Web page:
When you see on-screen action (fighting, running etc…) the music tends to follow along in some way. It might hit some of the action or play along with some cool action music.
But when do you not follow the action?
I am currently scoring the feature film “Comforting Skin”, and there is a moment where a short fight occurs that did not need musical emphasis.
Without giving away too much, I can describe the scene this way: the protagonist has just revealed something important to her friend. This is a climactic moment in the film, an important part of the story’s arc, and the music is a part of it.
Then a secondary character attacks the friend from behind and a short and violent struggle ensues. (Only about 4 seconds of screen time.)
I initially tried music that followed along the short fight, a short burst of musical violence, but it was immediately clear that it didn’t work.
So I thought about it for a minute and asked myself some questions:
Q: This climactic moment is about who? What is important? What is this scene about? (All variations of the same question.)
A: The scene is about that climactic revelation between the two main characters who have the central relationship in the film. This moment is an important one in the arc of their relationship. It is not about that secondary character fighting.
Q: How does this fight relate to this moment?
A: It ties up that secondary character’s role in the story as she gets almost knocked unconscious, but does not affect the core of that scene.
With that in mind I wrote a cue which responded to the climactic reveal; light, ethereal, surreal music. And I played right through the short fight, completely ignoring it, and it worked wonderfully- because it made dramatic sense!
If music hit the action it would emphasize what was not important to that scene and would take away from the important story element.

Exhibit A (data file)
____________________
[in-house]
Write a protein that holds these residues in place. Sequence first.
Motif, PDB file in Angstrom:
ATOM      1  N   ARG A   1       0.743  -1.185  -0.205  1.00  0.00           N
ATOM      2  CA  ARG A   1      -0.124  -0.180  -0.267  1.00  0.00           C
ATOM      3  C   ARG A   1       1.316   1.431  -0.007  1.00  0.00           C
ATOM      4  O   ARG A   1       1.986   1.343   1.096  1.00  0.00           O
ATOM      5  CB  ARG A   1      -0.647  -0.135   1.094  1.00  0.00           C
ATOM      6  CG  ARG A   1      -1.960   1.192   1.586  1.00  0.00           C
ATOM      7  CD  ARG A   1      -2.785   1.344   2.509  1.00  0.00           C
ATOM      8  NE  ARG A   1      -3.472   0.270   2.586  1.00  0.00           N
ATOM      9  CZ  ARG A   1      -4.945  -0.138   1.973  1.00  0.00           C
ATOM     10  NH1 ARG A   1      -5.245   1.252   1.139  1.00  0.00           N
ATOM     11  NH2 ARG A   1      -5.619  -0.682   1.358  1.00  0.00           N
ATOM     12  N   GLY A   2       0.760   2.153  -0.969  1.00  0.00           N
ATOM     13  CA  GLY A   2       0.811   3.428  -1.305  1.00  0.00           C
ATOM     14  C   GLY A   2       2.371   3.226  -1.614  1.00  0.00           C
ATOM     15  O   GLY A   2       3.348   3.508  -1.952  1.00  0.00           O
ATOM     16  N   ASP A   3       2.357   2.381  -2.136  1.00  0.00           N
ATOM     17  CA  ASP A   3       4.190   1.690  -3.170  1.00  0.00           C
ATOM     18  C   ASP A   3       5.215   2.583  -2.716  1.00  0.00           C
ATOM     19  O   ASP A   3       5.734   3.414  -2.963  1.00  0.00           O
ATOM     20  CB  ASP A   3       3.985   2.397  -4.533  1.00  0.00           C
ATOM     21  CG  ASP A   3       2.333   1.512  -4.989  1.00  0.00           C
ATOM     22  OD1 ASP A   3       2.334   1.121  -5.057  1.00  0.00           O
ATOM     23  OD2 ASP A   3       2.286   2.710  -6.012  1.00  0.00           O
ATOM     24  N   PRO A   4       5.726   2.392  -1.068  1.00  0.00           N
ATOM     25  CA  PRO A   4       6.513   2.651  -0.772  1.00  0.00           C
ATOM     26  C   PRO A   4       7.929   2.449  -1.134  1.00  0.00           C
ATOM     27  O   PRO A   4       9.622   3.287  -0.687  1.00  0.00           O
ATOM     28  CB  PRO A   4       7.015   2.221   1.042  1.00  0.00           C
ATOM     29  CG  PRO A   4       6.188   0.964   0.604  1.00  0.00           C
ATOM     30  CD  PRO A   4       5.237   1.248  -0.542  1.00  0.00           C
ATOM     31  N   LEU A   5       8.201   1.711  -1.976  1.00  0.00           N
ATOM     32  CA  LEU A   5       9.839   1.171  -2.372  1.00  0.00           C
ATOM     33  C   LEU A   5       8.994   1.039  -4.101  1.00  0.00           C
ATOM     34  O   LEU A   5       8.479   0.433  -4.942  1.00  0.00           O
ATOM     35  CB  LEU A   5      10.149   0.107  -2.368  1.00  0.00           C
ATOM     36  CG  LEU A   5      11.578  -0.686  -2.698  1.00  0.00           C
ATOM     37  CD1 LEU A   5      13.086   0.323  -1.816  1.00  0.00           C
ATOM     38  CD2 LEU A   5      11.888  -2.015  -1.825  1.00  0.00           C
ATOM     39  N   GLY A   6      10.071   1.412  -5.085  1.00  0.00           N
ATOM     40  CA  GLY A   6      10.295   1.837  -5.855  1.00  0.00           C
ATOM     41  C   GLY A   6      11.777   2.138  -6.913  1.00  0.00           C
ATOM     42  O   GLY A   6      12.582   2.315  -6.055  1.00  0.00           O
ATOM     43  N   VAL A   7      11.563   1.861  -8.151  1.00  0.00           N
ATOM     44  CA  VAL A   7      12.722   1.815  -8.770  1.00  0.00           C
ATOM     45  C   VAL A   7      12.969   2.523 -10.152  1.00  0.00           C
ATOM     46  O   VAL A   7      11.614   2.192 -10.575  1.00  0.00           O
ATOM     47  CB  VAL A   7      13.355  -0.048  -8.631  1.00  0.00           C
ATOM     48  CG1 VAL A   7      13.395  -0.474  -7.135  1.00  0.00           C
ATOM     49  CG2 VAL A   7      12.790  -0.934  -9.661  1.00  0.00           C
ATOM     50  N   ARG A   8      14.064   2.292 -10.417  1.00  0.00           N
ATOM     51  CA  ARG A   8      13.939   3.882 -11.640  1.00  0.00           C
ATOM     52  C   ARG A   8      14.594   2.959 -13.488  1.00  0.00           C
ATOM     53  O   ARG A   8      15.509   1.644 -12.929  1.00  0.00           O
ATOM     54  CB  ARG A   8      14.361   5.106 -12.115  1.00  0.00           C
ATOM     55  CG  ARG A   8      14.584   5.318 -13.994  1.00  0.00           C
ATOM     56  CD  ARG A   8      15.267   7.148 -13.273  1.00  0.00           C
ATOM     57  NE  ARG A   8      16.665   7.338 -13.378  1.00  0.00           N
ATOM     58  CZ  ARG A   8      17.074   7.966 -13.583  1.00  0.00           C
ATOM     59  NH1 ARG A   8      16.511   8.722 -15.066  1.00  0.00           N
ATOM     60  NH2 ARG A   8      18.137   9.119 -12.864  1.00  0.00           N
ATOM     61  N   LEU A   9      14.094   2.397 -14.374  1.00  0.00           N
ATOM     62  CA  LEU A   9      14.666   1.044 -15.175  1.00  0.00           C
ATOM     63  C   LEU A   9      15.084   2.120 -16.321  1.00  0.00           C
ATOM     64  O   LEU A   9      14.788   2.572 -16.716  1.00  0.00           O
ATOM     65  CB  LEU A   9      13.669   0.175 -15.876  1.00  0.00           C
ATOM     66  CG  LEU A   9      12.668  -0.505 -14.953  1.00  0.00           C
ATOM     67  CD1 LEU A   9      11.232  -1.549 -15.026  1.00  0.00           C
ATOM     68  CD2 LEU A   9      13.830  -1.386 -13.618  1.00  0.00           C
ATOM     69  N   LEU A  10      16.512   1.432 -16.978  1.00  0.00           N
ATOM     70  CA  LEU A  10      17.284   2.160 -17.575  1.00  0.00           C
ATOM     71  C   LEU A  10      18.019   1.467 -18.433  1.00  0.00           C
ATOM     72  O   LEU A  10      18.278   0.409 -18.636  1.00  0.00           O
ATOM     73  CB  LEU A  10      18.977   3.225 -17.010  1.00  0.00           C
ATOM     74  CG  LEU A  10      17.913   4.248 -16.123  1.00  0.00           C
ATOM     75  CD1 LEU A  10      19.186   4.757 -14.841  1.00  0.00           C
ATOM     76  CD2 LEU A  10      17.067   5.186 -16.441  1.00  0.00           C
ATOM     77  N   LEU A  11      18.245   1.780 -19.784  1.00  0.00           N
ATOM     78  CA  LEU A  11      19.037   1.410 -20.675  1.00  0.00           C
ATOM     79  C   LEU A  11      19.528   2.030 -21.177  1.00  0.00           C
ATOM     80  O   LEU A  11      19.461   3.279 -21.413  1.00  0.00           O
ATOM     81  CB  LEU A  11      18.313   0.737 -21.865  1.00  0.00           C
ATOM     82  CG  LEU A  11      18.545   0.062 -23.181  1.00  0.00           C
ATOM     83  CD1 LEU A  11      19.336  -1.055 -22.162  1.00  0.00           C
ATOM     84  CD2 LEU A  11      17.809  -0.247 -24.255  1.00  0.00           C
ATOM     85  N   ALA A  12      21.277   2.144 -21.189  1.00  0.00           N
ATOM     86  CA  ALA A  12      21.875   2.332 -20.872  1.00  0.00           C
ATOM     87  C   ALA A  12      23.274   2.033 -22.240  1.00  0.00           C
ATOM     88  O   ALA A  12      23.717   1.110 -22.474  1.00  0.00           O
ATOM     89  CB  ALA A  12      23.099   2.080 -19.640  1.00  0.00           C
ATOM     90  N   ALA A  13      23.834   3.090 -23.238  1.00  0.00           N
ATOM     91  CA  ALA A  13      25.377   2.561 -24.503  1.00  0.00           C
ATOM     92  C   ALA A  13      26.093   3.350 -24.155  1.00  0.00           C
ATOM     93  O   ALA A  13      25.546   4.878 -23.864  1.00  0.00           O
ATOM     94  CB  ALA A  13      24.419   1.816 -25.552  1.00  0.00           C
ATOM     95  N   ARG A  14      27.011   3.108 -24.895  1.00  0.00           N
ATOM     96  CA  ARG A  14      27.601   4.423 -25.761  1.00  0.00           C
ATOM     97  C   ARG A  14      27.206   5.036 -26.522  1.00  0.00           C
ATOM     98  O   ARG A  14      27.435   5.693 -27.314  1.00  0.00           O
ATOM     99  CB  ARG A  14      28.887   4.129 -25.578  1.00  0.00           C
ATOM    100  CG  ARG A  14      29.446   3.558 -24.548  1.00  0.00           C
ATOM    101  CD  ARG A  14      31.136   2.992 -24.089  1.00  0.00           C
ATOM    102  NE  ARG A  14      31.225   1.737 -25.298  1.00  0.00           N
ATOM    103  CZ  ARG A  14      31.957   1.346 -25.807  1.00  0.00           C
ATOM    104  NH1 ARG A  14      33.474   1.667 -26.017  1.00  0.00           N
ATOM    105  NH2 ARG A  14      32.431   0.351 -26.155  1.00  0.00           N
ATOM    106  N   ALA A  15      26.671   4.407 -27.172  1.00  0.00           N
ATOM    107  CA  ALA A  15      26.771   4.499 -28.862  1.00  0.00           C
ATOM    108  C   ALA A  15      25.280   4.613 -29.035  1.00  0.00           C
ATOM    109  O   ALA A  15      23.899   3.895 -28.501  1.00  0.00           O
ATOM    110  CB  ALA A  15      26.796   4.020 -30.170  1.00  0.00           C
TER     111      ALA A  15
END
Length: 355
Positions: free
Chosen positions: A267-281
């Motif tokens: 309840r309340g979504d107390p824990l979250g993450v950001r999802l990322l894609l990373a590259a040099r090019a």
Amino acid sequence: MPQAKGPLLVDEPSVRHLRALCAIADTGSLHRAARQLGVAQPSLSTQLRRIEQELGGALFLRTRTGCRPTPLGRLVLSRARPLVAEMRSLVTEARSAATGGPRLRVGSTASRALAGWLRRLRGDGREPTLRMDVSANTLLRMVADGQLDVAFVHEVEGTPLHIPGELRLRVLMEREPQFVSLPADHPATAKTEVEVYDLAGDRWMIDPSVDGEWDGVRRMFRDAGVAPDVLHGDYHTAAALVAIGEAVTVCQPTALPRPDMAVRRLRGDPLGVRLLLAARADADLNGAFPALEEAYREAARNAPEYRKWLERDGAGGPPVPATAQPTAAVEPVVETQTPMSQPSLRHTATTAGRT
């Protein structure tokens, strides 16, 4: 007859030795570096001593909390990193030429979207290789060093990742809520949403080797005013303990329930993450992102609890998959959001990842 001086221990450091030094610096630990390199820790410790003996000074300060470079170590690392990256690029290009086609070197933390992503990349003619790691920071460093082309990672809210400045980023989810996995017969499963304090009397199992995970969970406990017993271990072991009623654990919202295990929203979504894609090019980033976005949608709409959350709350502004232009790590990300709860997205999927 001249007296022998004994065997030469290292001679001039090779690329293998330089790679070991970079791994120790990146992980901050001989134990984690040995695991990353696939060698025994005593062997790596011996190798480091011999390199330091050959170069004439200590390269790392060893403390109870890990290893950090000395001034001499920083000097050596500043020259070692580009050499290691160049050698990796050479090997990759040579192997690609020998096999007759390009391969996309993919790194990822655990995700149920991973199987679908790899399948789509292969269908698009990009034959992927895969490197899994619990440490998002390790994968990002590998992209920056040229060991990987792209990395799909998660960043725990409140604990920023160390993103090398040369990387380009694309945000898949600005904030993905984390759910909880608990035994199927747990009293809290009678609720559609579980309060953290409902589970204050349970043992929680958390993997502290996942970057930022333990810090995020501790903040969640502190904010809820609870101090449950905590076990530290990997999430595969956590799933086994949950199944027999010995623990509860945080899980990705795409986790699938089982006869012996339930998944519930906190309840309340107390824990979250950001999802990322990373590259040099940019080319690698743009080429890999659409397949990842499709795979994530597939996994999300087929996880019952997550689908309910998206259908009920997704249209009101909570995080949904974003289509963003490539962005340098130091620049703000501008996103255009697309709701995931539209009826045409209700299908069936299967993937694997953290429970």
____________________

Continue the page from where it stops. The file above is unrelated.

So, what is the answer to: When should you not hit the action?
The answer is: When it is not driving the story.
In the DVD featurette about the music of Spider Man 1, Tobey McGuire says that Danny Elfman’s music is good because it is “not noticed” and that this is the best compliment you can give the composer of a film score.
I forget which great golden age composer it was who said something like “if music is not meant to be noticed, then why do we bother writing it?”
What I think Tobey meant was this; film music is great when it fits the film so perfectly that it feels completely natural.
This is a very important distinction.
When music is the perfect fit for a scene it becomes part of the whole film experience, which is there to support the story. Just like the sets, set dressing, costumes, lighting and acting.
None of these other elements “disappear” or are not “seen” by the audience. Actually if they are not seen or relegated too much to the background, then they cannot serve their purpose, which is to support the story!
The danger with Tobey’s statement is to think that a good score should not be noticed, and to take that at face value, which can negatively influence the presence of the score in the mix.
The bottom line is this; in order for film music to be effective and support the story, it should be noticed!!!